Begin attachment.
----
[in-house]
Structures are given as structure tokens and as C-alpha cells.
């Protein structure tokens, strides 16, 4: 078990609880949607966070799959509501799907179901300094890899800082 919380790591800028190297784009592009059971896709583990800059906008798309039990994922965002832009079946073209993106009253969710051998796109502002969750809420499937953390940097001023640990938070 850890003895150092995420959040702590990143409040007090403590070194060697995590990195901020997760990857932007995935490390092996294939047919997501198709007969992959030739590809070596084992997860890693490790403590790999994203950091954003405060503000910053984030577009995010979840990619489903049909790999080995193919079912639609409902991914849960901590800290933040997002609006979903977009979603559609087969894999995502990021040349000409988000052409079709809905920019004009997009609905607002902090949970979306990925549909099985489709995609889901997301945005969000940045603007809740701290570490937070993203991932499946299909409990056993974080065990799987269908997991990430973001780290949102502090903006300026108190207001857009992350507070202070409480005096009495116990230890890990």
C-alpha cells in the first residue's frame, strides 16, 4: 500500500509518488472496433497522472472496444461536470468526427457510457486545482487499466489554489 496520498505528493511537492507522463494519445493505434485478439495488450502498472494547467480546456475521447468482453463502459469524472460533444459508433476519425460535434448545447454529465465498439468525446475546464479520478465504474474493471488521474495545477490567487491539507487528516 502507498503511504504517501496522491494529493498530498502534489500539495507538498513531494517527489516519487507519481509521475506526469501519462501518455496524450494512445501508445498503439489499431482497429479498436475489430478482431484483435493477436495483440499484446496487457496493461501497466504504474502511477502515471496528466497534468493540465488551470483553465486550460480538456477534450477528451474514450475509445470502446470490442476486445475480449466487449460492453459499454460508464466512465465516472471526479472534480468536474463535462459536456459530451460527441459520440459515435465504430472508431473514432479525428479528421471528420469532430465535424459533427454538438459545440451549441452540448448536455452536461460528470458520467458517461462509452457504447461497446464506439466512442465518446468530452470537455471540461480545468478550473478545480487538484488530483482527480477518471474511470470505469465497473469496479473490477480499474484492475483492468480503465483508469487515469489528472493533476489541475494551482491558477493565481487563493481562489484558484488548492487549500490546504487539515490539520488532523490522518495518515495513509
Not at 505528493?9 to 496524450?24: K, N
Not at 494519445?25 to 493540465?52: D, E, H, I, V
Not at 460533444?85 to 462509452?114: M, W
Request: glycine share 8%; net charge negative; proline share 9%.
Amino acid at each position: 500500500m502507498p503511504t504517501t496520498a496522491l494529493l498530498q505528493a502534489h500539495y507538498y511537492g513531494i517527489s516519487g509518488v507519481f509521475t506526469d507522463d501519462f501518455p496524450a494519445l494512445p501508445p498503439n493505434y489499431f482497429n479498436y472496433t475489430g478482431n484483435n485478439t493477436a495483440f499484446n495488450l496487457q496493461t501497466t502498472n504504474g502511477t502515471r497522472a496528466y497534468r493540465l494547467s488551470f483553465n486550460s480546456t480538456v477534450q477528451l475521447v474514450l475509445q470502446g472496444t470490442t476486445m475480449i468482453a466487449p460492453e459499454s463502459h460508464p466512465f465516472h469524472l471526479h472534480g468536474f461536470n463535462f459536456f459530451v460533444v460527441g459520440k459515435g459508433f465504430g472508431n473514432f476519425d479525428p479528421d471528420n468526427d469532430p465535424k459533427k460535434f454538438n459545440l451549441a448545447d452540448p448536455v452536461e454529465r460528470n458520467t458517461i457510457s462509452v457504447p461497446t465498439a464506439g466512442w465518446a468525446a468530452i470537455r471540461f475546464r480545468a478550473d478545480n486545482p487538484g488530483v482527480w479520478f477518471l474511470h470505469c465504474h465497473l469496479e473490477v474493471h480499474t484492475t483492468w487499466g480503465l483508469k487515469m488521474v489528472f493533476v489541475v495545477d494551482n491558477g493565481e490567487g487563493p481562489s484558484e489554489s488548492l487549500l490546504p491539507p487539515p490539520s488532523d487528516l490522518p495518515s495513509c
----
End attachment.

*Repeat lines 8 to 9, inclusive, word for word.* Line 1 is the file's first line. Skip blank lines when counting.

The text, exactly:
Request: glycine share 8%; net charge negative; proline share 9%.
Amino acid at each position: 500500500m502507498p503511504t504517501t496520498a496522491l494529493l498530498q505528493a502534489h500539495y507538498y511537492g513531494i517527489s516519487g509518488v507519481f509521475t506526469d507522463d501519462f501518455p496524450a494519445l494512445p501508445p498503439n493505434y489499431f482497429n479498436y472496433t475489430g478482431n484483435n485478439t493477436a495483440f499484446n495488450l496487457q496493461t501497466t502498472n504504474g502511477t502515471r497522472a496528466y497534468r493540465l494547467s488551470f483553465n486550460s480546456t480538456v477534450q477528451l475521447v474514450l475509445q470502446g472496444t470490442t476486445m475480449i468482453a466487449p460492453e459499454s463502459h460508464p466512465f465516472h469524472l471526479h472534480g468536474f461536470n463535462f459536456f459530451v460533444v460527441g459520440k459515435g459508433f465504430g472508431n473514432f476519425d479525428p479528421d471528420n468526427d469532430p465535424k459533427k460535434f454538438n459545440l451549441a448545447d452540448p448536455v452536461e454529465r460528470n458520467t458517461i457510457s462509452v457504447p461497446t465498439a464506439g466512442w465518446a468525446a468530452i470537455r471540461f475546464r480545468a478550473d478545480n486545482p487538484g488530483v482527480w479520478f477518471l474511470h470505469c465504474h465497473l469496479e473490477v474493471h480499474t484492475t483492468w487499466g480503465l483508469k487515469m488521474v489528472f493533476v489541475v495545477d494551482n491558477g493565481e490567487g487563493p481562489s484558484e489554489s488548492l487549500l490546504p491539507p487539515p490539520s488532523d487528516l490522518p495518515s495513509c